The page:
Bronze Age Myths? Volcanic Activity and Human Response in the Mediterranean and North Atlantic Regions

By Buckland, Paul C.; Dugmore, Andrew J. et al. | Antiquity, September 1997 | Go to article overview

Bronze Age Myths? Volcanic Activity and Human Response in the Mediterranean and North Atlantic Regions


Buckland, Paul C., Dugmore, Andrew J., Edwards, Kevin J., Antiquity


A search for precision beyond that currently available is a frequent aspect of archaeological interpretation. Tensions exist as a result of the need to resolve events on a human time-scale using techniques often incapable of producing such accuracy or precision. Dendrochronology, ice-core analysis and tephrochronology, where data-resolution can be constrained either by annual to sub-annual banding or precise isochrones, can make important contributions to tackling the persistent chronological problems in archaeology. In these interdisciplinary transfers there is always the danger that the necessary caution about the ways in which the data are used may be lost. This problem is particularly acute when the events being studied are real, or imagined catastrophes (cf. White & Humphreys 1994). Catastrophes - be they the destruction of Bronze Age Thera, the modern island of Santorini in the Aegean, or the apparent collapse of Middle Bronze Age settlement in upland Britain - are headline news; of such things myths and reputations are born and enter the literature as if proven fact. This paper examines some of the available evidence for these two Bronze Age 'catastrophes', the one real and in need of a calendar date, the other hypothesized on archaeological grounds and dated by a tenuous link through tree rings to an Icelandic volcano.

Santorini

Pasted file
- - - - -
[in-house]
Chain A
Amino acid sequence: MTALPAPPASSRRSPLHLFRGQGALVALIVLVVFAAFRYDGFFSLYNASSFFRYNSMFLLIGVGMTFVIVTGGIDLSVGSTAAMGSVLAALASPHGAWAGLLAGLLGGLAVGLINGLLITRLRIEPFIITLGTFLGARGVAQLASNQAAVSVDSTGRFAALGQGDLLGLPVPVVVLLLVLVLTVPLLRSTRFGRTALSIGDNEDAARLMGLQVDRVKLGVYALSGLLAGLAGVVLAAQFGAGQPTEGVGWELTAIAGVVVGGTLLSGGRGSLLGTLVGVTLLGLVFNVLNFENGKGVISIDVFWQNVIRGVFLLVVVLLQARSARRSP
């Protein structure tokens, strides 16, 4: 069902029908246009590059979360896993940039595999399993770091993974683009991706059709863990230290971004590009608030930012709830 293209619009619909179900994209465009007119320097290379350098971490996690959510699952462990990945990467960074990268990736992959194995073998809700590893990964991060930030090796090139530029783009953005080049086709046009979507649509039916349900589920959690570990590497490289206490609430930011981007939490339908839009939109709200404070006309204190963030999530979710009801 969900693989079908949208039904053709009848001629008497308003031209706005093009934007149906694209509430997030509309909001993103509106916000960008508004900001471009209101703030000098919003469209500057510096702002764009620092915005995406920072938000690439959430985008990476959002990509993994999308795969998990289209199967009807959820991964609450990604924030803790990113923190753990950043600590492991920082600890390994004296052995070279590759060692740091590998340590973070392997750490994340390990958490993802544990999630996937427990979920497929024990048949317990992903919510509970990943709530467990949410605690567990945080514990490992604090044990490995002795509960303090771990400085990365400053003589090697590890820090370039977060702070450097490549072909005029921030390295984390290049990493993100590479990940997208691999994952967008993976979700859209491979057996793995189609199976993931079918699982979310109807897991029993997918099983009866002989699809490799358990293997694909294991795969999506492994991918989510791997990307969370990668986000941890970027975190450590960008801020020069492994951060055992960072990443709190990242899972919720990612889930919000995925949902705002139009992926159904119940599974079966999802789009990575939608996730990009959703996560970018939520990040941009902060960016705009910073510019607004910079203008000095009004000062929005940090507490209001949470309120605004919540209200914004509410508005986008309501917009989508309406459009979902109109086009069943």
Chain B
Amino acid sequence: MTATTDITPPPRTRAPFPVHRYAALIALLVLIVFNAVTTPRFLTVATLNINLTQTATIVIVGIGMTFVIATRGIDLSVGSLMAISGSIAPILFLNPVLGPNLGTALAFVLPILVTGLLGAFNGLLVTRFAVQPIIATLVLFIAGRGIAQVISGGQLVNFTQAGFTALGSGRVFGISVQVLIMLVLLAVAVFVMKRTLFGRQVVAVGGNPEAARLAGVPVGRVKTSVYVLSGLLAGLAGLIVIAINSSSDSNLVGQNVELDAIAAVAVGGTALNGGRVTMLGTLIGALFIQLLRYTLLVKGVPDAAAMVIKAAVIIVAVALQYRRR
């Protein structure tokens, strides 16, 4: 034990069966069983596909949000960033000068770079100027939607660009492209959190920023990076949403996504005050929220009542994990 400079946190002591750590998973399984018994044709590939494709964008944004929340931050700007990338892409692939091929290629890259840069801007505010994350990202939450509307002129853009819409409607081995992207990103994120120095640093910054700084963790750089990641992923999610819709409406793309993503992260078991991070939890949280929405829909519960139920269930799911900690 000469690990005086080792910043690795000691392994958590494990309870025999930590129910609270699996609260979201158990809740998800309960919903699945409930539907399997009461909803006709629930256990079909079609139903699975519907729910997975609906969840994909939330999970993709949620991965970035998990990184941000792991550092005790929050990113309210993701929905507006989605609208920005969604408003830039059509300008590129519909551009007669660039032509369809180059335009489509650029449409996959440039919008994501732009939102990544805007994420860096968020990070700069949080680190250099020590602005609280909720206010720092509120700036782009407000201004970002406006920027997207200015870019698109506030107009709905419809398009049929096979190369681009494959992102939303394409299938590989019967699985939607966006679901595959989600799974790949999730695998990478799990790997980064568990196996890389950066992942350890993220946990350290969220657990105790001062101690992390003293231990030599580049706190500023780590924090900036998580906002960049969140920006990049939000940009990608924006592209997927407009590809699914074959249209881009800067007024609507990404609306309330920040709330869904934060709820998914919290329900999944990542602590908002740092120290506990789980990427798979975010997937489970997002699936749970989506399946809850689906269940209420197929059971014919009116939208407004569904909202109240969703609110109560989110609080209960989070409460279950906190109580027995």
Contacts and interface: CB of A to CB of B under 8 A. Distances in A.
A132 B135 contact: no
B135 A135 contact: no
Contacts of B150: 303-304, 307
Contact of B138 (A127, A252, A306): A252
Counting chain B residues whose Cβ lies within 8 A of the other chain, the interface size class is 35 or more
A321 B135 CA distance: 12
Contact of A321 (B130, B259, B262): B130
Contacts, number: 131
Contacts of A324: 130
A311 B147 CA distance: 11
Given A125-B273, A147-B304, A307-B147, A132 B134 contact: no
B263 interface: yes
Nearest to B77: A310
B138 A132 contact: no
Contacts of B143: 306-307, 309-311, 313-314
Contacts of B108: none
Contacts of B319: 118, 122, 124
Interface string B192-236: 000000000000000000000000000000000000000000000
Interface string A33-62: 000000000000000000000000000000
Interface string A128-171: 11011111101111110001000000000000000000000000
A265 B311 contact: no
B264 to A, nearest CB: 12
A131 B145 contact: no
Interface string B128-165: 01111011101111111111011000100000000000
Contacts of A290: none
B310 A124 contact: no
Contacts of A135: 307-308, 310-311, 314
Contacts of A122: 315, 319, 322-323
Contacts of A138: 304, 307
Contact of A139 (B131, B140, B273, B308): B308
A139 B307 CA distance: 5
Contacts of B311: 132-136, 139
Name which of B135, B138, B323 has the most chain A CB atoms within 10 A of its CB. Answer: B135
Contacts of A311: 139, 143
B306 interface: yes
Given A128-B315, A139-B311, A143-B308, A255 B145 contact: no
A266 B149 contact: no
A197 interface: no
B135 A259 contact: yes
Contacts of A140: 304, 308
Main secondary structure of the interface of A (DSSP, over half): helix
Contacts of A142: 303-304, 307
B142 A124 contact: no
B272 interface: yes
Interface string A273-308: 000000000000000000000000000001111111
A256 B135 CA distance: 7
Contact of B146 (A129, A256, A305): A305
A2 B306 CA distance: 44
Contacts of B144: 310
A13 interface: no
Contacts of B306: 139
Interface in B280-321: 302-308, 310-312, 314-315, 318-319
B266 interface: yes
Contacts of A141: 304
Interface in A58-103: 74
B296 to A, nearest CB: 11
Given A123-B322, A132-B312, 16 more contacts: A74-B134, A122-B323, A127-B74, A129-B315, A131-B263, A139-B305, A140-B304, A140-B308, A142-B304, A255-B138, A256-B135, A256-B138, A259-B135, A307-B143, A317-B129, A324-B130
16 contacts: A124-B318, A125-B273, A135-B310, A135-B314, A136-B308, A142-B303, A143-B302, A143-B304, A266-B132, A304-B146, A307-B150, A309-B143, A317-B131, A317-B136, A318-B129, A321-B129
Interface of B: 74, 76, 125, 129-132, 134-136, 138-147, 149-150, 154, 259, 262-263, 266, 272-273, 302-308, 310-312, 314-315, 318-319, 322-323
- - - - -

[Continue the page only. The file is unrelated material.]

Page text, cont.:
Since Marinatos (1939) connected a major eruption on Santorini, which destroyed the extensive Late Bronze Age town at Akrotiri, with the end of Minoan Crete, the date of this eruption has generated more discussion and controversy than perhaps any other cataclysmic event in prehistory. Initial archaeological considerations favoured a date close to c. 1500 BC (Renfrew 1990a), whilst later, calibrated radiocarbon dates tended towards the 17th century BC (Kuniholm 1990). In 1977, Hammer noted a correlation between acidity, measured by electrical conductivity in the Crete ice core from central Greenland, and the timing of volcanic events on a world scale. It was further suggested that one particular acidity peak lay sufficiently close to the archaeological evidence for the date of the eruption to be that generated by Santorini (Hammer et al. 1980). By the counting of annual layers of ice accumulation in the core, this provided a date of 1390[+ or -]50 BC. On the additional evidence of the Dye 3 core from southern Greenland, this was subsequently revised to 1645[+ or -]7 BC (Hammer et al. 1987). LaMarche & Hirschboeck (1984), working on tree rings from the American Southwest, had noted 'frost rings' (lines of severely retarded growth) which they associated with unseasonally cold conditions and correlated with major eruptions; on this basis, they suggested a date of 1628-1626 BC for the Santorini eruption. This was taken up by researchers at the Queen's University Palaeoecology Centre in Belfast, who sought volcanic impact in the extended oak chronology from Ireland. Baillie & Munro (1988) located a particularly narrow series of rings beginning in 1628 BC; influenced by Lamb's (1970) discussion of the impact of volcanoes on climate, they equated these with a stratospheric dust veil from Santorini. Despite several cautionary comments from both archaeologists (Manning 1988; Warren 1988) and geologists (Pyle 1989; 1990), the 1628 BC date, or one close to it, continues to be accepted (e.g. Michael & Betancourt 1988), without questioning why the effects of the Santorini eruption should be especially recognizable in the ice-core and tree-ring sequences. Large-scale explosive volcanic activity is common on a global scale (Zielinski et al. 1996), and so before accepting the possibility that the Santorini eruption can be recognized by unusual perturbations in the regional records of ice-cores or tree-rings, the case for its distinctive character must be proved. Despite the lack of critical assessment of these basic assumptions, Renfrew (1990b), in his summing up to the Third International Congress on Santorini in 1988, went so far as to suggest that, by the time of the next Congress, the date of the eruption would be unequivocally known to within one year. …

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